Let’s consider drawing as a means of remembering and telling our stories

Sarah Reed

February 2023


All the creative arts can bring solace and reassurance, as well as fun to our lives. Being sharing experiences, for a person living in the midst of the existential loneliness that is dementia, they can be an important part of what makes life worth living.

When enjoying time with a person living with dementia, I always try to make sure I’m sitting alongside rather than opposite them, so that we can observe the world (and do things) together – but still connect with one another in a warm and friendly way. Sitting at, say, a kitchen table together, with a cup of hot tea or coffee offers an atmosphere of conviviality and enjoyment.


Having pencils, crayons and fresh paper to hand can be useful, so that the person can express themselves with writing or drawing if they would like to. There is always much to learn. I might suggest, “let’s draw something together … how about a face… a flower… a house… a tree…” Though I say ‘together’, the drawing is always theirs, my role is merely to admire, enquire, support and occasionally nudge a little. Drawings are helpful because they so often lead to conversations. Many people think that they can’t draw, but in my experience this is rarely true and anyway, it’s about creating participation, not great art. Generally, what’s needed is some sincere encouragement.

Judging anything a person draws is an absolute no-no – the aim is to tempt them to express themselves however they would like to, as freely as they can. That means they need to feel safe and good about themselves. An enthusiastic, upbeat “that’s so interesting / lovely / great!” is almost the only opinion anyone wants to hear.

The (academic) quality of the drawing is entirely irrelevant, what matters is the process, which offers a form of expression that doesn’t require words. This is definitely NOT a competitive activity. Apart from the general enjoyment it offers, if anything, it’s about providing meaningful engagement and pleasure, while helping open windows onto the person’s past and hopefully, building their self-esteem.


I might ask questions about a drawing, like “how did that feel?” or “is that you?… or someone you know? …  tell me about it…”; or, with a nature drawing, “what are your favourite flowers/trees/places?” or “tell me more…”. The point of drawing is to draw the person out  (no pun intended) and give them an opportunity to share an experience of something, someone or somewhere. Their drawing is their drawing, so I’d never invade it, adding nothing but the date as a record.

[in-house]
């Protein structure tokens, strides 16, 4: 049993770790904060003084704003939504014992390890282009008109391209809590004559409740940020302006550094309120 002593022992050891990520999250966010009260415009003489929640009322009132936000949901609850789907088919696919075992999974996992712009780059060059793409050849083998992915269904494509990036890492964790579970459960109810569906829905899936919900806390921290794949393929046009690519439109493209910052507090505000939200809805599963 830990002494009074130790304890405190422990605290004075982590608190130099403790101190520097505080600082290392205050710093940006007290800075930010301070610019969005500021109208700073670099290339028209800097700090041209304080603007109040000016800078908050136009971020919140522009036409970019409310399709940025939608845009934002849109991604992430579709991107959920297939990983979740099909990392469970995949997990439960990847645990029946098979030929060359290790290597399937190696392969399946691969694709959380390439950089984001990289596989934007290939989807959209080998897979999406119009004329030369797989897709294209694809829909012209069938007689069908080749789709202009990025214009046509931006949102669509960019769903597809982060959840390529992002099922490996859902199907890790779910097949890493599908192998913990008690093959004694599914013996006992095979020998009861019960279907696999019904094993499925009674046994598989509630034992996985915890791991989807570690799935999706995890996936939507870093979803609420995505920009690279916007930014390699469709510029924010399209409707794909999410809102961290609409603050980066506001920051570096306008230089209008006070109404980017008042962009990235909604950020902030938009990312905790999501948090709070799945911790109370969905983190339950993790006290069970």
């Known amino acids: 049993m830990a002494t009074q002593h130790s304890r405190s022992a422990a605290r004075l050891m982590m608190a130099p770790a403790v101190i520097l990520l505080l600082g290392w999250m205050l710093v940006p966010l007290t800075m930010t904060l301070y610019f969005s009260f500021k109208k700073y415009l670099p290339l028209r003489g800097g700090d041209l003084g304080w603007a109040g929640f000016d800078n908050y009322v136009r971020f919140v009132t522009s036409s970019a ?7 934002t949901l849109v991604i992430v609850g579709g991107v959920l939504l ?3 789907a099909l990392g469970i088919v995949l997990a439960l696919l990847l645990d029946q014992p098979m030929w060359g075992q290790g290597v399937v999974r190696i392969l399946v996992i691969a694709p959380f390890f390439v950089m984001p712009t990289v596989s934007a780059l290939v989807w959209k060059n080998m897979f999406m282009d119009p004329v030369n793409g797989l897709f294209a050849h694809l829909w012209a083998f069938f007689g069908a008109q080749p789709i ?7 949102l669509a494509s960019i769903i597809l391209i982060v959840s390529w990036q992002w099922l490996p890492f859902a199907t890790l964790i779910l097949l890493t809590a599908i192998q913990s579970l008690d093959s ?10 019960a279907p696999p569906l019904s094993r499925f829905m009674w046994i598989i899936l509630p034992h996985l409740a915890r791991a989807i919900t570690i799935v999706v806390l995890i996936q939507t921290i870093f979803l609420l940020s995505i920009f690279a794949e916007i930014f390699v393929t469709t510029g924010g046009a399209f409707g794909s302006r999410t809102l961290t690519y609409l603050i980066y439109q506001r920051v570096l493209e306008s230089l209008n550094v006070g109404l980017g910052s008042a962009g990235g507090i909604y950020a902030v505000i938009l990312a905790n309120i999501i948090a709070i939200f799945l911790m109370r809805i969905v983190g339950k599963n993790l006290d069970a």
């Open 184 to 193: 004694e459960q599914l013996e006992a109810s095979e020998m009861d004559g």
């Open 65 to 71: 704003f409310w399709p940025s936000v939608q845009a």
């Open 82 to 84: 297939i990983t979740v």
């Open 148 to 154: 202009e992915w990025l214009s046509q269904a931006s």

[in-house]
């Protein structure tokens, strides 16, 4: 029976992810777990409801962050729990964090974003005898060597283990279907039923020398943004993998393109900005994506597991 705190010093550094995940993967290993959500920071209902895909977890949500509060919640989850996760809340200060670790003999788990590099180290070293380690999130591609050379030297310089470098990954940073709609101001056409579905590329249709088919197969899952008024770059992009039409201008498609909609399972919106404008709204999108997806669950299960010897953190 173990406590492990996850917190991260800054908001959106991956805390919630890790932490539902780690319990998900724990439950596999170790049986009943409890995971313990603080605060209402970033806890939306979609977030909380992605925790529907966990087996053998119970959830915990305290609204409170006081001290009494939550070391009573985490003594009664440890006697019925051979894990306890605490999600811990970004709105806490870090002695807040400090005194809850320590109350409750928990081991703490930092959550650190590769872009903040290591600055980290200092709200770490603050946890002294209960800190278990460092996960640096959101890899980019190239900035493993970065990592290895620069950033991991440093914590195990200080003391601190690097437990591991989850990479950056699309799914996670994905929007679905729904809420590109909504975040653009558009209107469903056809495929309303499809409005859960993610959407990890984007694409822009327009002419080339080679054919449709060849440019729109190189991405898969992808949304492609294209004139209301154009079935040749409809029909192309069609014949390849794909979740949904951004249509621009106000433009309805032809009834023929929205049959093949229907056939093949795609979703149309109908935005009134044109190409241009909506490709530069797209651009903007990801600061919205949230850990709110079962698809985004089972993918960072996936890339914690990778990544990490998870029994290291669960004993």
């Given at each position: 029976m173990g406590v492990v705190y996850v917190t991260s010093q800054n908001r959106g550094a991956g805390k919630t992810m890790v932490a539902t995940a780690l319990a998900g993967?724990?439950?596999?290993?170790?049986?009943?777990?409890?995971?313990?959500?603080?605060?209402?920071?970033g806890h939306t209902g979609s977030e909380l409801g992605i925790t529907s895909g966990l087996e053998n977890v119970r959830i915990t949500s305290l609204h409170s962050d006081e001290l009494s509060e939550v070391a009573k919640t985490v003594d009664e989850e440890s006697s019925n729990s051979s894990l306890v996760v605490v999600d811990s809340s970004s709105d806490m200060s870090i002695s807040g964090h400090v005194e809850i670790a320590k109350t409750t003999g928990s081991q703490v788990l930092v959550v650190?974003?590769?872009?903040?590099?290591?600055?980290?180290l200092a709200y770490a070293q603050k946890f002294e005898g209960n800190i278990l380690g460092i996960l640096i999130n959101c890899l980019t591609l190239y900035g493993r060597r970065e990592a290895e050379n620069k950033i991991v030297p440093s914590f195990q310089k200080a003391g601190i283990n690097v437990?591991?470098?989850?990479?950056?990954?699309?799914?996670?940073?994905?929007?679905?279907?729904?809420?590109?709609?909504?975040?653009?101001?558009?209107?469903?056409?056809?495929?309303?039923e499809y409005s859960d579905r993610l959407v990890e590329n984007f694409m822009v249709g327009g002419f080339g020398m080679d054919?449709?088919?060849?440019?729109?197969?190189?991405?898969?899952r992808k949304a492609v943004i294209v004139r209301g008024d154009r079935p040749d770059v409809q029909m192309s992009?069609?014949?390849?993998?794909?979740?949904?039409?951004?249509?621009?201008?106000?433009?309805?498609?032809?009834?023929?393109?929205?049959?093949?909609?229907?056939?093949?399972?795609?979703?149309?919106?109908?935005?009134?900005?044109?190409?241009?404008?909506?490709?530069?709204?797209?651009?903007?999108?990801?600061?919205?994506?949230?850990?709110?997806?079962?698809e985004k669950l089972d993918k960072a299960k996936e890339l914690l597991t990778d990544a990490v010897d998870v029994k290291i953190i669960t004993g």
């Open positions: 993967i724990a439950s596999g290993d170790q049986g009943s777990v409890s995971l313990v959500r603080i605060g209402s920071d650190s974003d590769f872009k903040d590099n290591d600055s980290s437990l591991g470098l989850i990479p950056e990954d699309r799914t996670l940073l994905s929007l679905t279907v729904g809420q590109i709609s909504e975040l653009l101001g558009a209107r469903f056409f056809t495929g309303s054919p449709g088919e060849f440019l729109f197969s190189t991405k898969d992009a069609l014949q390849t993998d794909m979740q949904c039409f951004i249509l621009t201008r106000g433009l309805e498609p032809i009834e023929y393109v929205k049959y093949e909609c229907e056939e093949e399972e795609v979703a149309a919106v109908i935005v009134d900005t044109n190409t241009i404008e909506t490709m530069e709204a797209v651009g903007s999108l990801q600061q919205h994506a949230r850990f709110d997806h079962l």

Some years ago, I met a lady with vascular dementia who had lost much of her language, so communication was a struggle. Intrigued to know about her life, I suggested that she might like to draw a map of her house and street in the south coast town where she had lived. Starting tentatively, with some positive nurturing and admiration, she grew in confidence. A complex and fascinating drawing grew in scale over time to include other roads and familiar landmarks like the park, her school, the church, shops and so on.

These features gave her an opportunity to share stories from her past and gave me an insight into some subtle aspects of her childhood that I could never have known: her love of dancing and her close attachment to her aunt, who taught her. It was wartime and the map included elements of social history: a harbour with naval ships, a big old house billeted for Royal Navy crewmen and wonderful small details, like drawings of apples from her mother’s garden which they shared with the sailors.


The original piece of A4 paper wasn’t large enough for all the details, so we just extended it by taping extra sheets on at random angles as they were needed. Finally, we attached a few early photos as well, creating what became for her, a map of her emotional childhood geography.

As it developed, weekly, over a couple of months, sharing the pleasurable memories boosted her mood, her memories and her sense of self-worth, enriching her relationship with her daughter – and of course, ours, too.


What might your map look like, I wonder…?

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